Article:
A campsite in Lebanon's Bekaa Valley
A campsite in Lebanon's Bekaa ValleyAFP/File

Activists threw tomatoes at Lebanese members of parliament on Friday, after they failed to adopt a new electoral law and extended the parliament’s mandate by 17 months, Al Arabiya reports.

The motion for a 17-month extension, submitted by independent Christian MP Nicolas Fattouche, was passed unanimously by 98 members of the 128-seat house who attended, with rival camps blaming each other for the delay.

“The term of the mandate of the legislature will be modified on an exceptional basis to end on November 20, 2014,” rather than June 20 as scheduled, AFP quoted the motion as saying.

The motion to extend the normal four-year term between elections was due to “the security situation in several Lebanese regions that gives rise to political escalation and division which often take on confessional forms.”

“Security and political tensions prevent the holding of an election campaign,” it said.

Fuad Siniora, the opposition head in parliament, explained, “We were forced to vote on this bad project to avoid a vacuum and after unrest in several regions and the serious negative development” of Hizbullah’s involvement in the Syria conflict.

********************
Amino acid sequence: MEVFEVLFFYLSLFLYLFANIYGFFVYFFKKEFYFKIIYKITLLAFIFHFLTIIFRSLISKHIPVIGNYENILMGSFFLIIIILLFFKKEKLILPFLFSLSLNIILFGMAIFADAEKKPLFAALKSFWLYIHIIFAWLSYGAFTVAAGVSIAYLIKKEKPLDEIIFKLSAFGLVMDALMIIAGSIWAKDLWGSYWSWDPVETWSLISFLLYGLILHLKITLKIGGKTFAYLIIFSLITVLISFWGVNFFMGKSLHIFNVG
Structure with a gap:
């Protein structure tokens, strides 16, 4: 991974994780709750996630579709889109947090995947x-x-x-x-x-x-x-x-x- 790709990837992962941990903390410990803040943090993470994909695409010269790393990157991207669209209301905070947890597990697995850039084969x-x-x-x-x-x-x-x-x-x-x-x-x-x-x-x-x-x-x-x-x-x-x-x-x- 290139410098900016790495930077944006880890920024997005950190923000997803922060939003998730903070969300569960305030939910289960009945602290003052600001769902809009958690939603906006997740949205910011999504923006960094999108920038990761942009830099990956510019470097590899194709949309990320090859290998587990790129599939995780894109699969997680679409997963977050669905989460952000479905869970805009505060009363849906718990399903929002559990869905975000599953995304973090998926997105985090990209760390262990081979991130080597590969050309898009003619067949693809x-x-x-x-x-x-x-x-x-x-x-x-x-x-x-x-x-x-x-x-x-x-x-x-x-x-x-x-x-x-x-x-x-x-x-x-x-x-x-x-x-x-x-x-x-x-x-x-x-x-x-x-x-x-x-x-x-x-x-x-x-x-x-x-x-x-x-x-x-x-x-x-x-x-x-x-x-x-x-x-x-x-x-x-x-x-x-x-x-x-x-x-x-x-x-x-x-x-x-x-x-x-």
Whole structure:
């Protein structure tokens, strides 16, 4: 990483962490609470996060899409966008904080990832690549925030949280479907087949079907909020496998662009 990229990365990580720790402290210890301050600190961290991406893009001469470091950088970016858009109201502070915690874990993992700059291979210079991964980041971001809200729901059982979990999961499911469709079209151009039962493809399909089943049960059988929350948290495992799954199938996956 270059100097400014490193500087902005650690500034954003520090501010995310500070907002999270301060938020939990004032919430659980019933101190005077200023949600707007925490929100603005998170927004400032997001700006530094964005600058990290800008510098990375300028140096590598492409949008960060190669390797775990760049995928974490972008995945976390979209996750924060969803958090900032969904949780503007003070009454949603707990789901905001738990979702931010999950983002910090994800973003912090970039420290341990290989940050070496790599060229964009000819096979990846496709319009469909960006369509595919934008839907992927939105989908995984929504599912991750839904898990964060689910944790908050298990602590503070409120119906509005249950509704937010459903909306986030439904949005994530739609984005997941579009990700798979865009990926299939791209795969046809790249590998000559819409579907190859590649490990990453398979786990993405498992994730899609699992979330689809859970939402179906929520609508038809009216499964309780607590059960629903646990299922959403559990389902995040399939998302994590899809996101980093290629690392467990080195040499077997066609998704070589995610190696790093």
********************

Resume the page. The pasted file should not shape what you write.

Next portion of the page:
Hizbullah has thrown its fighters into battle alongside Syrian President Bashar Al-Assad’s forces, while recent clashes between pro- and anti-Assad camps in Lebanon’s northern city of Tripoli killed more than 30 people.

At least 75 Hizbullah members have already been killed fighting alongside Assad’s soldiers, and Hizbullah head Hassan Nasrallah has vowed to continue the group’s support for Assad.

Meanwhile, the fighting in Syria has continued to spill into Lebanon. On Monday, cross-border mortar shells from Syria killed one person and wounded another near the eastern Lebanese town of Hermel.

Outside the parliament building, dozens of demonstrators hurled tomatoes at a banner bearing a picture of the deputies and marked, “You have failed. Go home.”

The delay follows a months-long deadlock over a new electoral law and with Prime Minister Tamam Salam, who was named on April 6, still unable to form a new government because of divisions over Syria, reported Al Arabiya.

Lebanon's President Michel Sleiman cautioned Hizbullah last week over its fighting alongside regime troops in neighboring Syria.

“The resistance is more noble and more important than anything, and should not get bogged down in the sands of dissension, whether in Syria or Lebanon,” he said in a statement, referring to Hizbullah’s strong stance against Israel.

(Arutz Sheva’s North American Desk is keeping you updated until the start of Shabbat in New York. The time posted automatically on all Arutz Sheva articles, however, is Israeli time.)